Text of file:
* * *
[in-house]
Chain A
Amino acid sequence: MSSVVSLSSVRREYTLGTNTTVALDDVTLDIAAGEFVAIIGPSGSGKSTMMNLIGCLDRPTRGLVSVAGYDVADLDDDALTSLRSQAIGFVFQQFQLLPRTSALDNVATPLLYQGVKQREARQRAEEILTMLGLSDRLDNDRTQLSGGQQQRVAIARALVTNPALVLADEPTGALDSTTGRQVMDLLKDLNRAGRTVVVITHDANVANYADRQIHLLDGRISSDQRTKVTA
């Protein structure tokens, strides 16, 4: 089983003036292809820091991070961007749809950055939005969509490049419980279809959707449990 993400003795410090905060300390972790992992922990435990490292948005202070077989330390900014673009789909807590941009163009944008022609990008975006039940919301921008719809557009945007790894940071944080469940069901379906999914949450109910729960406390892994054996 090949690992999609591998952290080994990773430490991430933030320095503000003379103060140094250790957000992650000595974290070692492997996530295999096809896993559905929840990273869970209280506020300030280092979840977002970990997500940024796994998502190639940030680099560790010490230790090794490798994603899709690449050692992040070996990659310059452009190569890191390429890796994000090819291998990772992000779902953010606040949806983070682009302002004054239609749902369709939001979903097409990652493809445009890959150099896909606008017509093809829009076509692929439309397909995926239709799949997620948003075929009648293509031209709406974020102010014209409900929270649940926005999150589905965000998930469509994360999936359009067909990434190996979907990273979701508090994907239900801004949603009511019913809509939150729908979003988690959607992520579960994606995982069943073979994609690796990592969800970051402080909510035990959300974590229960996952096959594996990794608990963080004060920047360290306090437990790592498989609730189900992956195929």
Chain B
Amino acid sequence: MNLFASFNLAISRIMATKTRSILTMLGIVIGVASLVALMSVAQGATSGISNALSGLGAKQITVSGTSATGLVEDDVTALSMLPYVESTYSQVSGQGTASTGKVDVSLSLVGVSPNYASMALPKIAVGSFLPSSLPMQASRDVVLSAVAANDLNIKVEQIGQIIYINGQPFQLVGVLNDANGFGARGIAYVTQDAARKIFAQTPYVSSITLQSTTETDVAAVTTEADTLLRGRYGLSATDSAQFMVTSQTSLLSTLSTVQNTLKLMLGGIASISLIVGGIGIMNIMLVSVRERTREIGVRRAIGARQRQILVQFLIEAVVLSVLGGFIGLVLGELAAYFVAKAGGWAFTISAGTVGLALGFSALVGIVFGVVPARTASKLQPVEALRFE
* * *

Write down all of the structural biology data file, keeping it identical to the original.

[in-house]
Chain A
Amino acid sequence: MSSVVSLSSVRREYTLGTNTTVALDDVTLDIAAGEFVAIIGPSGSGKSTMMNLIGCLDRPTRGLVSVAGYDVADLDDDALTSLRSQAIGFVFQQFQLLPRTSALDNVATPLLYQGVKQREARQRAEEILTMLGLSDRLDNDRTQLSGGQQQRVAIARALVTNPALVLADEPTGALDSTTGRQVMDLLKDLNRAGRTVVVITHDANVANYADRQIHLLDGRISSDQRTKVTA
């Protein structure tokens, strides 16, 4: 089983003036292809820091991070961007749809950055939005969509490049419980279809959707449990 993400003795410090905060300390972790992992922990435990490292948005202070077989330390900014673009789909807590941009163009944008022609990008975006039940919301921008719809557009945007790894940071944080469940069901379906999914949450109910729960406390892994054996 090949690992999609591998952290080994990773430490991430933030320095503000003379103060140094250790957000992650000595974290070692492997996530295999096809896993559905929840990273869970209280506020300030280092979840977002970990997500940024796994998502190639940030680099560790010490230790090794490798994603899709690449050692992040070996990659310059452009190569890191390429890796994000090819291998990772992000779902953010606040949806983070682009302002004054239609749902369709939001979903097409990652493809445009890959150099896909606008017509093809829009076509692929439309397909995926239709799949997620948003075929009648293509031209709406974020102010014209409900929270649940926005999150589905965000998930469509994360999936359009067909990434190996979907990273979701508090994907239900801004949603009511019913809509939150729908979003988690959607992520579960994606995982069943073979994609690796990592969800970051402080909510035990959300974590229960996952096959594996990794608990963080004060920047360290306090437990790592498989609730189900992956195929």
Chain B
Amino acid sequence: MNLFASFNLAISRIMATKTRSILTMLGIVIGVASLVALMSVAQGATSGISNALSGLGAKQITVSGTSATGLVEDDVTALSMLPYVESTYSQVSGQGTASTGKVDVSLSLVGVSPNYASMALPKIAVGSFLPSSLPMQASRDVVLSAVAANDLNIKVEQIGQIIYINGQPFQLVGVLNDANGFGARGIAYVTQDAARKIFAQTPYVSSITLQSTTETDVAAVTTEADTLLRGRYGLSATDSAQFMVTSQTSLLSTLSTVQNTLKLMLGGIASISLIVGGIGIMNIMLVSVRERTREIGVRRAIGARQRQILVQFLIEAVVLSVLGGFIGLVLGELAAYFVAKAGGWAFTISAGTVGLALGFSALVGIVFGVVPARTASKLQPVEALRFE